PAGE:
Every year on the last week of May for more than 30 years, families of the disappeared & human rights activists around the world commemorate the International Week of the Disappeared. This is not one of those UN-sponsored days but emerged in international solidarity with the Latin American Federation of Associations of Relatives of Disappeared-Detainees (FEDEFAM).
Disappearing political dissidents is thought to be a problem primarily in Latin America but according to a UN agency forced disappearance is a grim reality & major human rights concern in 83 countries, including the US. Governments use military, paramilitary, & police agents to abduct, illegally detain, interrogate, often torture, & murder political dissidents, trade unionists, students, journalists, or often those just in the wrong place at the wrong time. Because the crime is surreptitious & the bodies disposed of by dumping in unmarked mass graves, there is no evidence of these heinous crimes. They are committed with impunity & seldom face tribunal.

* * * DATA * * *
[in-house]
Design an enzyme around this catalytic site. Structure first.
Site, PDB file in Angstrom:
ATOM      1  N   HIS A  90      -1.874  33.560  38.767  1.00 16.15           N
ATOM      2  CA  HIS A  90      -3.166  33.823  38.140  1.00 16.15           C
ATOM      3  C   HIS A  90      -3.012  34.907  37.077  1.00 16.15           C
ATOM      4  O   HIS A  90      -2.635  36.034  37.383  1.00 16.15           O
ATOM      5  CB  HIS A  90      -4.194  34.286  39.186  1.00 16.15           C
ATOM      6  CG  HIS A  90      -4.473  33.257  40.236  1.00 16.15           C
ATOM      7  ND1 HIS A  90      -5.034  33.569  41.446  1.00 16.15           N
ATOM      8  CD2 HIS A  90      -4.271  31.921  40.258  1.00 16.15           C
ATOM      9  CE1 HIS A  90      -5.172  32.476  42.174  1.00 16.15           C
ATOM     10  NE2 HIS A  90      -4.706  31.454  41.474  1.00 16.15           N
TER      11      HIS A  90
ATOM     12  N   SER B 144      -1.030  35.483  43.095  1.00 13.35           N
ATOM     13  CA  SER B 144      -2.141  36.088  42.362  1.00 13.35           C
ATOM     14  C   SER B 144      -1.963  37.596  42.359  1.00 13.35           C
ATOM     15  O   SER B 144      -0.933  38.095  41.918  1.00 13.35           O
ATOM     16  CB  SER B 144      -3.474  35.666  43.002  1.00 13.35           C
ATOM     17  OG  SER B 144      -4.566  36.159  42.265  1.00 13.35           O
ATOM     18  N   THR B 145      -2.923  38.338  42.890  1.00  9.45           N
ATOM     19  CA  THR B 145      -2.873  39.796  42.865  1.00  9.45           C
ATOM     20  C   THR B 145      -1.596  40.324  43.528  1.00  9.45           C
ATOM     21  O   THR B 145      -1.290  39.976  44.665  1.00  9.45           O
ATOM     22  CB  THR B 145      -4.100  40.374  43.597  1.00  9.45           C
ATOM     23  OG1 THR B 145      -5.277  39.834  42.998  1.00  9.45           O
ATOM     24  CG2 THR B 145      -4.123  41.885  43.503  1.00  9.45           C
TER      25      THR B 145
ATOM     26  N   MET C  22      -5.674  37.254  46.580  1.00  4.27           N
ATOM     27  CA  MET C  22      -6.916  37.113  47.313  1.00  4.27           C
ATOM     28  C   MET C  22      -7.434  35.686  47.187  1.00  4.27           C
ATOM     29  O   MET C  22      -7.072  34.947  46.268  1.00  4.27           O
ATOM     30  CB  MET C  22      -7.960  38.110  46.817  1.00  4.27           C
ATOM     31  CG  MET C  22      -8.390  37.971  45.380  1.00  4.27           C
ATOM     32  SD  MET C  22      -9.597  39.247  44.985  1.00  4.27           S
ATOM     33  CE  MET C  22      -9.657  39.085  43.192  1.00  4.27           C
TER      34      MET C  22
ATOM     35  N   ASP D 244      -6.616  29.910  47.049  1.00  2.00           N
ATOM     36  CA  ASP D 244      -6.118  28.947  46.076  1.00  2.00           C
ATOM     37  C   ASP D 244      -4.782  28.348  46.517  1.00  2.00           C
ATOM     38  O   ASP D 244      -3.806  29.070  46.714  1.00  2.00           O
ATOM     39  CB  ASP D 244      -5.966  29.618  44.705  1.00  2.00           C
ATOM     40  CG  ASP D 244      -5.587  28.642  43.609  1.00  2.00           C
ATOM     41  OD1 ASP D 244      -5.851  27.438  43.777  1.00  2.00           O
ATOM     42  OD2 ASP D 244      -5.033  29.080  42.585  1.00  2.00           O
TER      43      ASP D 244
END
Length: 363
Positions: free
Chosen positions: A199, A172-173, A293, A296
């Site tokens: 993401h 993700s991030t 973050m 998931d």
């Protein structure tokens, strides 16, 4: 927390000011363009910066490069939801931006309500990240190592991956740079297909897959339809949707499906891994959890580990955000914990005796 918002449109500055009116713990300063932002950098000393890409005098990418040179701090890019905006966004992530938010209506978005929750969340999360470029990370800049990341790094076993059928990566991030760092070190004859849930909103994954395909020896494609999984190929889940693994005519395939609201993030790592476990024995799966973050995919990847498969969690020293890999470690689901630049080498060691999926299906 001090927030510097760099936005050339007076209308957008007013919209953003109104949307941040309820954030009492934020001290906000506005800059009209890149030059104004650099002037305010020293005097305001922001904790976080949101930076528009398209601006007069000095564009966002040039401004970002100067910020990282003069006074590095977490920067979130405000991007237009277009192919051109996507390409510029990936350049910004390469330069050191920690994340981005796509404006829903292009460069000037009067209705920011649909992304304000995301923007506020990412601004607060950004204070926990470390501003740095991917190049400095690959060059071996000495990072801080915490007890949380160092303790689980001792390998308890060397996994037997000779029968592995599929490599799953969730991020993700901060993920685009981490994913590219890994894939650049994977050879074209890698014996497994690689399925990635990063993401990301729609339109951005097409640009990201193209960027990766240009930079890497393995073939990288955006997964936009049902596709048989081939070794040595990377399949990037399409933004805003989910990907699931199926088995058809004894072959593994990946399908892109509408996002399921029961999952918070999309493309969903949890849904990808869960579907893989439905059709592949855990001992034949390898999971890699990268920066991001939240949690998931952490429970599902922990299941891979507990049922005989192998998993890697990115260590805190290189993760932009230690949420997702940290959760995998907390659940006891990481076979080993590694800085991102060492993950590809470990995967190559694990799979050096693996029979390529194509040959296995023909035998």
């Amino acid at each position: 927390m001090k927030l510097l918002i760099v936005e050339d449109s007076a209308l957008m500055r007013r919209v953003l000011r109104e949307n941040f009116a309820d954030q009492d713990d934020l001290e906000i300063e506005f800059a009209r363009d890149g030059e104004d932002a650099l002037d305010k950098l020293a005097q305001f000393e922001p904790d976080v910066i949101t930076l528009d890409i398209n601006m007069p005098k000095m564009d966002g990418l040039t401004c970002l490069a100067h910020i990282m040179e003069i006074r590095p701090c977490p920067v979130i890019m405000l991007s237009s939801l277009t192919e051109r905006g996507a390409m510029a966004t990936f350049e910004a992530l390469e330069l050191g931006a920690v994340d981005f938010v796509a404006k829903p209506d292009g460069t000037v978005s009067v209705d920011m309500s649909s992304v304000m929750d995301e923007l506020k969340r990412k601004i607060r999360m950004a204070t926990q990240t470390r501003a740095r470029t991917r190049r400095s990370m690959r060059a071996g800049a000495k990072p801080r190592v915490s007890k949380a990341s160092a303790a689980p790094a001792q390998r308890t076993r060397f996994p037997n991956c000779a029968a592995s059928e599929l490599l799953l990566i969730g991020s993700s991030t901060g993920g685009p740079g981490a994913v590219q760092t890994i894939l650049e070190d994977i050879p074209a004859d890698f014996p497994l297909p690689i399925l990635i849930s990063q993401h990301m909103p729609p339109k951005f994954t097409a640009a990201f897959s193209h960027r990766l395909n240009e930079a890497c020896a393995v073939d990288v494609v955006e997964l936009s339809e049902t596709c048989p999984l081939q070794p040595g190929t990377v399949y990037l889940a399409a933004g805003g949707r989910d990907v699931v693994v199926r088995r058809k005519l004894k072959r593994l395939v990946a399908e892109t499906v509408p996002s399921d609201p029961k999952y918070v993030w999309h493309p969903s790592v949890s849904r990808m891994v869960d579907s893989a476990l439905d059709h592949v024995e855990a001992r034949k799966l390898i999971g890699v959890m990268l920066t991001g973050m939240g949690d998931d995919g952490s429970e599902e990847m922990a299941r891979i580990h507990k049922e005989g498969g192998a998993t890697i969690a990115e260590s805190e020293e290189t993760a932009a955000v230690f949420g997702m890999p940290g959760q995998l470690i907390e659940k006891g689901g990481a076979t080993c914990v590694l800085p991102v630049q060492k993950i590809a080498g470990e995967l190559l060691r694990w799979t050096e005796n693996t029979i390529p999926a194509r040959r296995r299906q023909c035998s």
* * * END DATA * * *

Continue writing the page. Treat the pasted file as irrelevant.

It is mainly the families of the disappeared who document & commemorate the loss of thousands of people & educate the rest of us about this unspeakable & ongoing violation of democracy & human rights. The figures of those disappeared is staggering: 63 persons since 2009 in Bangladesh; over 8,000 in Kashmir since 1990; an estimated 8,000 in Mexico since 2006 just as a result of the drug war; an estimated 17,000 in Sri Lanka since 1980; an estimated 40,000 to 50,000 between 1954 & 1996 in Guatemala; estimated in 2009 as 28,000 in Colombia; between 22,000 & 30,000 between 1976 & 1983 in Argentina; 2,160 in the Philippines going back to the period of martial law in 1972. These are only a few countries & only approximations of those who have been disappeared.
Injustice & mass murder have a long memory & once again victims come back to haunt us in photographic montages displayed in almost every one of those 83 countries. This woman is standing with portraits of the disappeared in Bogota, Colombia (on May 27th).
It does not overstate it to say the disappeared died trying to make this world a better place. We honor them by pledging to continue their work. May they RIP.
(Photo by Jose Miguel Gomez/Reuters)